'Benedict XVI Light of the World:
The Pope, the Church and the Signs of the Times'
A Conversation with Peter Seewald
-excerpt translated by Michael J. Miller and Adrian J. Walker (San Fransisco: Ignatius Press, 2010) [accessed in online edition]
[Journalist Peter Seewald:] Celibacy, women’s ordination, homosexuality -- for decades now, this unchanging canon of issues has dominated discussion in the media. Only a positive resolution of these questions, so the thinking goes, will allow the Church to regain her attractiveness. It is striking that the Lutheran Church in Germany -- without celibacy and women’s ordination -- is losing more members than the Catholic Church. On the other hand, it is also true that these positions make the proclamation of the faith harder. Can we briefly go through a few points one by one?
[Pope Benedict:]The impossibility of women’s ordination in the Catholic Church has been clearly decided by a ‘non possumus’ of the supreme Magisterium. The Congregation for the Doctrine of the Faith laid this down under Paul VI in the 1976 documentInter insigniores, and John Paul II reinforced it in his 1994 apostolic letter Ordinatio sacerdotalis. In this document, speaking in virtue of his office about the ‘divine constitution of the Church,’ he writes -- and these are his exact words -- ‘that the Church has no authority whatsoever to convey priestly ordination on women and that this judgment is to be definitively held by all the Church’s faithful.’
[Journalist Peter Seewald:] Critics see this as a form of discrimination. The only reason Jesus did not call women to be priestesses, it is said, is that this would have been unthinkable two thousand years ago.
[Pope Benedict:] That is nonsense, since the world was full of priestesses at the time. All religions had their priestesses, and the astonishing thing was actually that they were absent from the community of Christ, a fact that in turn is a point of continuity with the faith of Israel.
John Paul II’s formulation is very important: The Church has ‘no authority’ to ordain women. The point is not that we are saying that we don’t want to, but that we can’t. The Lord gave the Church a form with the Twelve and, as their successors, with the bishops and the presbyters, the priests. This form of the Church is not something we ourselves have produced. It is how he constituted the Church. Following this is an act of obedience. This obedience may be arduous in today’s situation. But it is important precisely for the Church to show that we are not a regime based on arbitrary rule. We cannot do what we want. Rather, the Lord has a will for us, a will to which we adhere, even though doing so is arduous and difficult in this culture and civilization.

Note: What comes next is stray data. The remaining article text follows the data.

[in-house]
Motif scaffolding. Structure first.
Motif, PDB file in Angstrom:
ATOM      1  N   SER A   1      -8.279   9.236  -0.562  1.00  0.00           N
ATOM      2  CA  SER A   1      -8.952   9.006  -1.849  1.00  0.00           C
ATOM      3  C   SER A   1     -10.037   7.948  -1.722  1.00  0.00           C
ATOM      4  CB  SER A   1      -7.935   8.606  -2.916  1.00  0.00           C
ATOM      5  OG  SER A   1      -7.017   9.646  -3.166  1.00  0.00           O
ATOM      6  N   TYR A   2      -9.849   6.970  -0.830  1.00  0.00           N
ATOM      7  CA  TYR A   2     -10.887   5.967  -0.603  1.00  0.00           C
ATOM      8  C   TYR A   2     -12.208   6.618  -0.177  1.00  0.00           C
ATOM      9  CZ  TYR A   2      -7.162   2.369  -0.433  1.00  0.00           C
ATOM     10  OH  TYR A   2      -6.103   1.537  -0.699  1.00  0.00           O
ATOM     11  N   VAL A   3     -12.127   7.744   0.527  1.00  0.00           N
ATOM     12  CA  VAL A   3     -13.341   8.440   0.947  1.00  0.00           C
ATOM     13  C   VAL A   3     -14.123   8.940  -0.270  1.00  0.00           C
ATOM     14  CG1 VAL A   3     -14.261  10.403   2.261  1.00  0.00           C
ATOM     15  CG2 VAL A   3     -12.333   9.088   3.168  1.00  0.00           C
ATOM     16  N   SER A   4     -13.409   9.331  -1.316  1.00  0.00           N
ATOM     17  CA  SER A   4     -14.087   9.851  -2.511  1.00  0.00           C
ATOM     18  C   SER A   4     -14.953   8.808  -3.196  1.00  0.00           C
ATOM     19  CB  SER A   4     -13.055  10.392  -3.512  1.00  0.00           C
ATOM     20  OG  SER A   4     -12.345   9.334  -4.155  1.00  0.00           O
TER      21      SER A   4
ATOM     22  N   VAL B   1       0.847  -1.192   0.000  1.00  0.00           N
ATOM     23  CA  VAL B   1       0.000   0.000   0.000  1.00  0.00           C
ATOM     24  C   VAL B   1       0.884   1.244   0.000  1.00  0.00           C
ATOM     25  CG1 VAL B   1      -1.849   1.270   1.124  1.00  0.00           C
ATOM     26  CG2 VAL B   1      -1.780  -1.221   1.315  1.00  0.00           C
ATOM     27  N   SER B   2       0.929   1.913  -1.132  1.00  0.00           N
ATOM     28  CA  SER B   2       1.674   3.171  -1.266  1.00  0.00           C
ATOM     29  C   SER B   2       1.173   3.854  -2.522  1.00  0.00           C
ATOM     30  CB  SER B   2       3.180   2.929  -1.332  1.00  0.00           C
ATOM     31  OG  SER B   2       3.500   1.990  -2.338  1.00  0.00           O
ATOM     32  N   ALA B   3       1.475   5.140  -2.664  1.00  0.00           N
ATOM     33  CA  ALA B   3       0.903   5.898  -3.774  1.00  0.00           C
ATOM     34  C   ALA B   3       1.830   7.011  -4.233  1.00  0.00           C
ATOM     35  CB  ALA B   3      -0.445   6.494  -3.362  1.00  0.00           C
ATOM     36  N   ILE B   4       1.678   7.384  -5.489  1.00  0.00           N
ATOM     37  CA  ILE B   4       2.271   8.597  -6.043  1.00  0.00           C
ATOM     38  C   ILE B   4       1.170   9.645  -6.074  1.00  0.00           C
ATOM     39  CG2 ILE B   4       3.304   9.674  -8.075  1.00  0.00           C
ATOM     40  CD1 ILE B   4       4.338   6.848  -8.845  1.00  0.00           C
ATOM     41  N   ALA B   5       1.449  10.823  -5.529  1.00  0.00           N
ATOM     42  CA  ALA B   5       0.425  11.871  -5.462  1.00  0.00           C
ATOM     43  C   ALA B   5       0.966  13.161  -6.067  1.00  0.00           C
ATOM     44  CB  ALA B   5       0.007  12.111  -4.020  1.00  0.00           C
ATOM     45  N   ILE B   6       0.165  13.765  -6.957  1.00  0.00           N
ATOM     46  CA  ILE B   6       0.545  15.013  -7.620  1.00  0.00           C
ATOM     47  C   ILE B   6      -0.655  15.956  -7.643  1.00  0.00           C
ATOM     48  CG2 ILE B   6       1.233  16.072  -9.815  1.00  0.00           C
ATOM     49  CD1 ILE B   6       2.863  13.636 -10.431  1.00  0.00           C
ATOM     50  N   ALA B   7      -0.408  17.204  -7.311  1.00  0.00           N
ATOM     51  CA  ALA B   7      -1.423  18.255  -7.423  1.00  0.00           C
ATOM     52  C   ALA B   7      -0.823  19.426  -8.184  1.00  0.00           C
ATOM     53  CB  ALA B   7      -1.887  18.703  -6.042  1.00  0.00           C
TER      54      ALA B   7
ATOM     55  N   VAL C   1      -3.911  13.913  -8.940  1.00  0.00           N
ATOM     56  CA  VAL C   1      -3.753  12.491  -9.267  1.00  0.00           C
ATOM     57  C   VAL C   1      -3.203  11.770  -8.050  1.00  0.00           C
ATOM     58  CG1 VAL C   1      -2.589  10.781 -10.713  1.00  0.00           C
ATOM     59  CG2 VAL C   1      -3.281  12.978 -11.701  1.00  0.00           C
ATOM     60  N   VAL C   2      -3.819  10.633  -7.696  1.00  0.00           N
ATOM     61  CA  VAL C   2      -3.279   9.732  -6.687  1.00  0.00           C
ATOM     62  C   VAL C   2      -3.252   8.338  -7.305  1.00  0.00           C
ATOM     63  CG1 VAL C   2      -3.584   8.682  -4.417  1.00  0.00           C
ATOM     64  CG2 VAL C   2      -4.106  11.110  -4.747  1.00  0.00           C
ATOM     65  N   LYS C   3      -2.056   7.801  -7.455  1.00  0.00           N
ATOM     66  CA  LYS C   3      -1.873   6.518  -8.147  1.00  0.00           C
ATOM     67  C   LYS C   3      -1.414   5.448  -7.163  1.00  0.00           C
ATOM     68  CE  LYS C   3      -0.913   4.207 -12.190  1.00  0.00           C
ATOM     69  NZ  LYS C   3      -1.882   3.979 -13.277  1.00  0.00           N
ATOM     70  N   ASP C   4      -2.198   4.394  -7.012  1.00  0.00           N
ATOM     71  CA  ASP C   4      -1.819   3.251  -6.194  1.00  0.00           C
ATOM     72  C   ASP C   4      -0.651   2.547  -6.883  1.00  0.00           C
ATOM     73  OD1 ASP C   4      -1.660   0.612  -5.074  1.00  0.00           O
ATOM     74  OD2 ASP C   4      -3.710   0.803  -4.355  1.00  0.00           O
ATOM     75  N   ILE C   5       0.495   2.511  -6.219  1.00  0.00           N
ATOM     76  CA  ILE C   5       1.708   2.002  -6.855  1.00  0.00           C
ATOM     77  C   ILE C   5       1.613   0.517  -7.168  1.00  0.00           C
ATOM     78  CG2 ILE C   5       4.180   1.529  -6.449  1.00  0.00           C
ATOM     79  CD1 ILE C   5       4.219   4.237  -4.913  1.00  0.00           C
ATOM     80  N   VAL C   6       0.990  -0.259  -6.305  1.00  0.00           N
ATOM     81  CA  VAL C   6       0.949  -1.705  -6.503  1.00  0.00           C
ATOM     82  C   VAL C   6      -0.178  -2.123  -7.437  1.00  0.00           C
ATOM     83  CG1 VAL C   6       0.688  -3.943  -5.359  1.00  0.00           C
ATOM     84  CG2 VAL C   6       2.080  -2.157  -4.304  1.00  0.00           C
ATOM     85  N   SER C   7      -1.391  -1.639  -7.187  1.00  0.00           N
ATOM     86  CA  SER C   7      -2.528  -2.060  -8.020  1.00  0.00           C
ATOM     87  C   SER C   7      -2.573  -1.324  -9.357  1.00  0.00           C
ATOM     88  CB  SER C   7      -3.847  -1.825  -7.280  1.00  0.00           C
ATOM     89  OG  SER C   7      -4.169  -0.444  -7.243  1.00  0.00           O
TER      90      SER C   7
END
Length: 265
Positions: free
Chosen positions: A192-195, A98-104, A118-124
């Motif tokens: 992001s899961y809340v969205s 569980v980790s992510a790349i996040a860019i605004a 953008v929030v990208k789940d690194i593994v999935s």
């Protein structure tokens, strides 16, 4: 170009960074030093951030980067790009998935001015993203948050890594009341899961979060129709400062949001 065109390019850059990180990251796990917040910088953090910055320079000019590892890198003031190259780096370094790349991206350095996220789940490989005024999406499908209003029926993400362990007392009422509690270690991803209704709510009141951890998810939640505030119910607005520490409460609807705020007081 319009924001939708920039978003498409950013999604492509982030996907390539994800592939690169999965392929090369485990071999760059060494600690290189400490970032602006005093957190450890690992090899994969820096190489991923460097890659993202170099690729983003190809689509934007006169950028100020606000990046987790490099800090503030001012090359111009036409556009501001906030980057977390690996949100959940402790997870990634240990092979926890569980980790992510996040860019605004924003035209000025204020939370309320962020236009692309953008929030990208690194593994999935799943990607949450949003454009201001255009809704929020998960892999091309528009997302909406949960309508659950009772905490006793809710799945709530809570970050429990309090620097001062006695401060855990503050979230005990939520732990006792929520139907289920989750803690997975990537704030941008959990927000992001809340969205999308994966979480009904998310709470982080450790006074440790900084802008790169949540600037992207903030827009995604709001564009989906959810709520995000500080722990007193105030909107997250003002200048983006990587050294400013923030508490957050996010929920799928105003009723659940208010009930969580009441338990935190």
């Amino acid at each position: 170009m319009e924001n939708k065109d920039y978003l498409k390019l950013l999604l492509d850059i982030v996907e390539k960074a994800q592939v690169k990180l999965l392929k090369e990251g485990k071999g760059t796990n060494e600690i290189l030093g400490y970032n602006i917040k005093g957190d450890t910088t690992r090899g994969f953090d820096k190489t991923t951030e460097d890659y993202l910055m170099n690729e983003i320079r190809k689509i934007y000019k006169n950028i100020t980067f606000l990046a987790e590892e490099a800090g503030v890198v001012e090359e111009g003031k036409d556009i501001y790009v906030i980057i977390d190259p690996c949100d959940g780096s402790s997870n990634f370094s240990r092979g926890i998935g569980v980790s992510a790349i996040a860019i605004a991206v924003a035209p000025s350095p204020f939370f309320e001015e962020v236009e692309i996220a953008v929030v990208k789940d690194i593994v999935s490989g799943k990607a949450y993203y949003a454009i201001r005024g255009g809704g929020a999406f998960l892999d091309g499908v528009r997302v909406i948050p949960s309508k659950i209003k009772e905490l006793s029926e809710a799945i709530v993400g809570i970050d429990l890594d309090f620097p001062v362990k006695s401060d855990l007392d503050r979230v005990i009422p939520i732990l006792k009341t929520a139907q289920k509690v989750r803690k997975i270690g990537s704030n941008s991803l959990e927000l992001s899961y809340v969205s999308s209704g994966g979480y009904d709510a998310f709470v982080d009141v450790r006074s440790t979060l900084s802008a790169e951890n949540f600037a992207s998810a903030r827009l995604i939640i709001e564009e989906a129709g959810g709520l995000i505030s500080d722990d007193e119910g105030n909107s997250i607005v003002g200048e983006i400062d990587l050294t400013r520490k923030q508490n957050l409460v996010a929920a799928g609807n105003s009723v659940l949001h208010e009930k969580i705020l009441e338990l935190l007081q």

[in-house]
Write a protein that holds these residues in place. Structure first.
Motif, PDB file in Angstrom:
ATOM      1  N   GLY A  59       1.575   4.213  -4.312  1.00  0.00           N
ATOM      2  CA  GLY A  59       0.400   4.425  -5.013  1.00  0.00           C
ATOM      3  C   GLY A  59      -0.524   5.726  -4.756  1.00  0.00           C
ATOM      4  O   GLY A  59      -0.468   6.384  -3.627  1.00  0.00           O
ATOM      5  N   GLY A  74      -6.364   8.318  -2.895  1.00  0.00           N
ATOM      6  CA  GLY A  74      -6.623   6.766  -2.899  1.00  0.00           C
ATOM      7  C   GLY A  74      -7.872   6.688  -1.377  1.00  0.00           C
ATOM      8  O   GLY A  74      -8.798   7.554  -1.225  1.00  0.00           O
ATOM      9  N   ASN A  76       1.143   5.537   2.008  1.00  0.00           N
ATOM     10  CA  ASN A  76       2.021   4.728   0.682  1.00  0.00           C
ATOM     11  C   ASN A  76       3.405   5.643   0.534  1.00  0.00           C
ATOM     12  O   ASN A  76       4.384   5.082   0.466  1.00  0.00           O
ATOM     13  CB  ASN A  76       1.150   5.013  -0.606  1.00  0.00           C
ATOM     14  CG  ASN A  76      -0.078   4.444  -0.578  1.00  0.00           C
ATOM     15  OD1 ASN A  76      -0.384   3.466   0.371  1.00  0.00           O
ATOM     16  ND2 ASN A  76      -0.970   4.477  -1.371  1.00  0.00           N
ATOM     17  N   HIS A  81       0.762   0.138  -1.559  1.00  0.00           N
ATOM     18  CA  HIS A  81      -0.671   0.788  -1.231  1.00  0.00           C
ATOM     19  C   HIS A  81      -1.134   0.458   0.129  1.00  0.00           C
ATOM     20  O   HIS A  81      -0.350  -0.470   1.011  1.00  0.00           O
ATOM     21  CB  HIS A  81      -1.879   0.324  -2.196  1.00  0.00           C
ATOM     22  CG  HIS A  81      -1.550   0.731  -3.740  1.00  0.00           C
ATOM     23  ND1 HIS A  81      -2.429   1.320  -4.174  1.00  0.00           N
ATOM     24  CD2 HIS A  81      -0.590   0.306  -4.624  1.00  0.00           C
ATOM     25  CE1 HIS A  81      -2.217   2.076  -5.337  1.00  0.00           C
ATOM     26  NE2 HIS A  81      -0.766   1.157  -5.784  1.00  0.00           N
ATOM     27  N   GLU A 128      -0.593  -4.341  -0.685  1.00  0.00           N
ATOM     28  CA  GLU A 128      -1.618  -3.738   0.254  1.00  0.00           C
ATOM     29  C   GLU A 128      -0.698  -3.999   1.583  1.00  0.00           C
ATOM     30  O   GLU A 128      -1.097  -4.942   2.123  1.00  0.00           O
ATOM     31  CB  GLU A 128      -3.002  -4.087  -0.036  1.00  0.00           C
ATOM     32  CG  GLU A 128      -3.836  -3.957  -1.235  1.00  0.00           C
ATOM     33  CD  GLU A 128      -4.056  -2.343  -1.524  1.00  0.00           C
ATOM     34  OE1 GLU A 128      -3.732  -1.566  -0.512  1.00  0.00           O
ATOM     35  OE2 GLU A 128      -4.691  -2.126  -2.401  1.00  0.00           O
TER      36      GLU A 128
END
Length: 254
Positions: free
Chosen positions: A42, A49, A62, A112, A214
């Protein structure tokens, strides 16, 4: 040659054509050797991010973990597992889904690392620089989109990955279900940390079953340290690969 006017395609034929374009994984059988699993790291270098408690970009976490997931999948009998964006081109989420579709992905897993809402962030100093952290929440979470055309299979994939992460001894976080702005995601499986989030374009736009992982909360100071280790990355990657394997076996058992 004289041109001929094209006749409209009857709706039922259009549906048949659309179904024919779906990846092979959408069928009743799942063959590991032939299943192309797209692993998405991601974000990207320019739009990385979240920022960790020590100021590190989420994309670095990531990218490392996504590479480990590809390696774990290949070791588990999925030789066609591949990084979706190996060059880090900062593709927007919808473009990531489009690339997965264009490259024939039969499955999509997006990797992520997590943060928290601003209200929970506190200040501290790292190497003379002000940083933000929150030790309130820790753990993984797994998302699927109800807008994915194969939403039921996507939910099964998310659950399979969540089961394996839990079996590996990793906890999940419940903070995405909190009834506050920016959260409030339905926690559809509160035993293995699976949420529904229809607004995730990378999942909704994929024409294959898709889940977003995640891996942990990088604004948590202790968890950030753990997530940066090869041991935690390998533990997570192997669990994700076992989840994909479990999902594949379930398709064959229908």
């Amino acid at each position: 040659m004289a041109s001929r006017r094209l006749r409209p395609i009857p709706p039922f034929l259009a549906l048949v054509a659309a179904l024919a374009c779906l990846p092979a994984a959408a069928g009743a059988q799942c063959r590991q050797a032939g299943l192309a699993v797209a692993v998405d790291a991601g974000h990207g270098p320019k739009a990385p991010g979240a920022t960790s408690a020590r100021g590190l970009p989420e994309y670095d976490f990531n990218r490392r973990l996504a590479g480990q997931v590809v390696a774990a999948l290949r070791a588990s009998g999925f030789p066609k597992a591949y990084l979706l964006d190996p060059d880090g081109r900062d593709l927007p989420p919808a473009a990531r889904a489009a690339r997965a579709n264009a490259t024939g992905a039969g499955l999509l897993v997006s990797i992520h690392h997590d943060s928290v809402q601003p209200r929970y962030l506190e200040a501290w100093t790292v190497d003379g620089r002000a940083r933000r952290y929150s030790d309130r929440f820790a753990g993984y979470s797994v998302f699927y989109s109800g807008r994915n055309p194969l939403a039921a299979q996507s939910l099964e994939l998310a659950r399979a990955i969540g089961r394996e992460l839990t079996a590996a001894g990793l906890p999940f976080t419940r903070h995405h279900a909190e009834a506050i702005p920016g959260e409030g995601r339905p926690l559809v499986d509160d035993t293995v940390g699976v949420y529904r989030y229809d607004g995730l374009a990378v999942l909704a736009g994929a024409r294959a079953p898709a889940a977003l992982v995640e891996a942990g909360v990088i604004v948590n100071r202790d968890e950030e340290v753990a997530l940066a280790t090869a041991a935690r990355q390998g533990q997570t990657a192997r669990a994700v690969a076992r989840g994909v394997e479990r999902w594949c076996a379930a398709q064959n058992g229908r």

Incidentally, women have so many great and meaningful functions in the Church that there can be no question of discrimination. That would be the case if the priesthood were a sort of dominion, whereas it is actually intended to be pure service. If you look at the history of the Church, women -- from Mary to Monica and all the way down to Mother Teresa -- have so eminent a significance that in many respects they shape the image of the Church more than men do. Just think of major Catholic feast days such as Corpus Christi or Mercy Sunday, which originated with women. In Rome, for example, there is even a Church where not a single man can be seen in any of the altar pieces.